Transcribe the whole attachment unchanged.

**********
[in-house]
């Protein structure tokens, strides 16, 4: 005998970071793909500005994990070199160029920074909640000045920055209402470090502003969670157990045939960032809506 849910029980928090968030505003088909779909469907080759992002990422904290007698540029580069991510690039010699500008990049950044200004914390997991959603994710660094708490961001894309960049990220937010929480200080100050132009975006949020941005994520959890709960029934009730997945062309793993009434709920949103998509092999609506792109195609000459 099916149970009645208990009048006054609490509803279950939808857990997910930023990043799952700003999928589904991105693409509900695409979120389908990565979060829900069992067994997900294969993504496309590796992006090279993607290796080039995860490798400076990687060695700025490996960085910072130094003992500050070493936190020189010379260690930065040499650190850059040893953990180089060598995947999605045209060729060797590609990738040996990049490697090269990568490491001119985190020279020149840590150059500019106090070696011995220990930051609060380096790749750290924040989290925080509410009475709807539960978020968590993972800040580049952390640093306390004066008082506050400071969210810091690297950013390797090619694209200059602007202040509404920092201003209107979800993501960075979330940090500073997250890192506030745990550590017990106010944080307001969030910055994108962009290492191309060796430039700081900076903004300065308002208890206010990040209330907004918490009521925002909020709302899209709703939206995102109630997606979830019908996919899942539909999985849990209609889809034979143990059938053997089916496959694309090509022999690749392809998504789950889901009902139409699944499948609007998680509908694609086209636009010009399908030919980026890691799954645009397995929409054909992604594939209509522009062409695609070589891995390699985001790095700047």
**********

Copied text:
[in-house]
């Protein structure tokens, strides 16, 4: 005998970071793909500005994990070199160029920074909640000045920055209402470090502003969670157990045939960032809506 849910029980928090968030505003088909779909469907080759992002990422904290007698540029580069991510690039010699500008990049950044200004914390997991959603994710660094708490961001894309960049990220937010929480200080100050132009975006949020941005994520959890709960029934009730997945062309793993009434709920949103998509092999609506792109195609000459 099916149970009645208990009048006054609490509803279950939808857990997910930023990043799952700003999928589904991105693409509900695409979120389908990565979060829900069992067994997900294969993504496309590796992006090279993607290796080039995860490798400076990687060695700025490996960085910072130094003992500050070493936190020189010379260690930065040499650190850059040893953990180089060598995947999605045209060729060797590609990738040996990049490697090269990568490491001119985190020279020149840590150059500019106090070696011995220990930051609060380096790749750290924040989290925080509410009475709807539960978020968590993972800040580049952390640093306390004066008082506050400071969210810091690297950013390797090619694209200059602007202040509404920092201003209107979800993501960075979330940090500073997250890192506030745990550590017990106010944080307001969030910055994108962009290492191309060796430039700081900076903004300065308002208890206010990040209330907004918490009521925002909020709302899209709703939206995102109630997606979830019908996919899942539909999985849990209609889809034979143990059938053997089916496959694309090509022999690749392809998504789950889901009902139409699944499948609007998680509908694609086209636009010009399908030919980026890691799954645009397995929409054909992604594939209509522009062409695609070589891995390699985001790095700047």